title ’Standard Analysis of Individual ’
The two most basic approaches to short run process control ’Delays’;
are to chart differences from product-specific nominal values
when the variability is constant across products and to proc shewhart data=calls graphics ;
chart standardized differences when the variability is not irchart time * recnum /
rtmplot = schematic
constant. In practice, this requires maintaining a database
outlimits = delaylim
of nominal values and standard deviations for products in cboxfill = grey
addition to the process data. Charting the differences is nochart2;
a straightforward application of the SAS DATA step and run;
the SHEWHART procedure, and the examples presented
here can be extended to any number of product types. It The chart is displayed in Figure 17.
is important to check whether the variances are constant
(homogeneous), and this can be done with Levene’s test by
using the GLM procedure.


A number of authors have pointed out that Shewhart charts
for subgroup means work well whether the measurements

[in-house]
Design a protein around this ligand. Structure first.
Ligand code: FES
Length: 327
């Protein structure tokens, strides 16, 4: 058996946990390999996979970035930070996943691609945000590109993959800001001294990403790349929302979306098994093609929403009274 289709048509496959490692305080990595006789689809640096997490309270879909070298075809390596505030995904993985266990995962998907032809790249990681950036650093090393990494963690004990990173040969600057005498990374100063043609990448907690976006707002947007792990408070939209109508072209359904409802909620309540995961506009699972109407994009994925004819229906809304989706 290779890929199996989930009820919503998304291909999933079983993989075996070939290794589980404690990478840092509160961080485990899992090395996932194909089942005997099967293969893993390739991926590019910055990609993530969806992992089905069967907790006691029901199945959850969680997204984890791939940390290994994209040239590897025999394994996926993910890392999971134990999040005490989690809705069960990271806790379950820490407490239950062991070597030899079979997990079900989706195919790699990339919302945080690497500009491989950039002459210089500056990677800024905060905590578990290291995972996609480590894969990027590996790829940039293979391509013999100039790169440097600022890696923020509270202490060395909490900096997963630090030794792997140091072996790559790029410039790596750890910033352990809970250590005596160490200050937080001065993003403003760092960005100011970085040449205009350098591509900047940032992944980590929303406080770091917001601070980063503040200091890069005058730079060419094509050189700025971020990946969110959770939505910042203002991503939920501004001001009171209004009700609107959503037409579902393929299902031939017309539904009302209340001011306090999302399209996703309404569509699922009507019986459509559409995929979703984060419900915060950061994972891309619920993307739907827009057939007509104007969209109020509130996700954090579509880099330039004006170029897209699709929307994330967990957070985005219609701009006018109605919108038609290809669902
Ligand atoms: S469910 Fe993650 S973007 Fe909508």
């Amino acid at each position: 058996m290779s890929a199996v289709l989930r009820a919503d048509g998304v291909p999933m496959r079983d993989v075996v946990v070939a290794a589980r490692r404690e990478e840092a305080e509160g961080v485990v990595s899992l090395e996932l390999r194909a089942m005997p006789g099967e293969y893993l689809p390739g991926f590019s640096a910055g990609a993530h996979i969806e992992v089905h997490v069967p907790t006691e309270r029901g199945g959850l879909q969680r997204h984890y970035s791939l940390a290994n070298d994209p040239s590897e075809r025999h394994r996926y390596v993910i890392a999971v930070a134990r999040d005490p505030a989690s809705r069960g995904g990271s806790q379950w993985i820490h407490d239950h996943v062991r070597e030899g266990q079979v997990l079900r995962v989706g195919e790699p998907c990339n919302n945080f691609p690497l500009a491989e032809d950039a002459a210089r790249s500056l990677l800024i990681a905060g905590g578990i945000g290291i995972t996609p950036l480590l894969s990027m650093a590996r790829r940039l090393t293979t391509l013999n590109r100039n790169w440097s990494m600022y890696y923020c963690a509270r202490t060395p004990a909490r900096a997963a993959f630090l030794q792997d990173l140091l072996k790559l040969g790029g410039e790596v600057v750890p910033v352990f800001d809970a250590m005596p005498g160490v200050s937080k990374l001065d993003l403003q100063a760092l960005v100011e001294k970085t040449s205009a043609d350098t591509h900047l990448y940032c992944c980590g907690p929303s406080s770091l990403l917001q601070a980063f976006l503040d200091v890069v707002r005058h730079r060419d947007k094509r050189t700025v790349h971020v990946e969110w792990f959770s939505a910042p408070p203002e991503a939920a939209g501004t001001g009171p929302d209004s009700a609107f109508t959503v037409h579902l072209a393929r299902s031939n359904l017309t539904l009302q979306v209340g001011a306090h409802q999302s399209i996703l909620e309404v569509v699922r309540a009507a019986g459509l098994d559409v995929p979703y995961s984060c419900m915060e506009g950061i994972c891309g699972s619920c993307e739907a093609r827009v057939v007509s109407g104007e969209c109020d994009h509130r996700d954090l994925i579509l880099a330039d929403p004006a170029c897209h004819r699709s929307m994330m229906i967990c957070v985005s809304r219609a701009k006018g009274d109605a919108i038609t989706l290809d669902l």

are normally distributed or not. Refer to, for instance,
Schilling and Nelson (1976) and Wheeler (1991). On the
other hand, the interpretation of standard control charts for
individual measurements (X charts) is affected by depar-
tures from normality, and nonnormal data are not uncom-
mon in SPC applications. Two examples are coordinate
measurements that have a geometrically fixed lower (but
not upper) bound, and waiting times.

In situations involving a large number of measurements it

may be possible to subgroup the data and construct an X
Figure 17. Standard Control Limits for Delays
chart instead of an X chart. However, the measurements
should not be subgrouped arbitrarily for this purpose. If
subgrouping is not possible and considerable nonnormality It is tempting to conclude that the 41st point signals a special
is evident, two alternatives are to transform the data to cause of variation and that otherwise the process variation
normality (preferably with a simple transformation such as is well within the control limits. However, the box plot in the
the log transformation) or modify the usual limits based on right margin (requested with the RTMPLOT= option) helps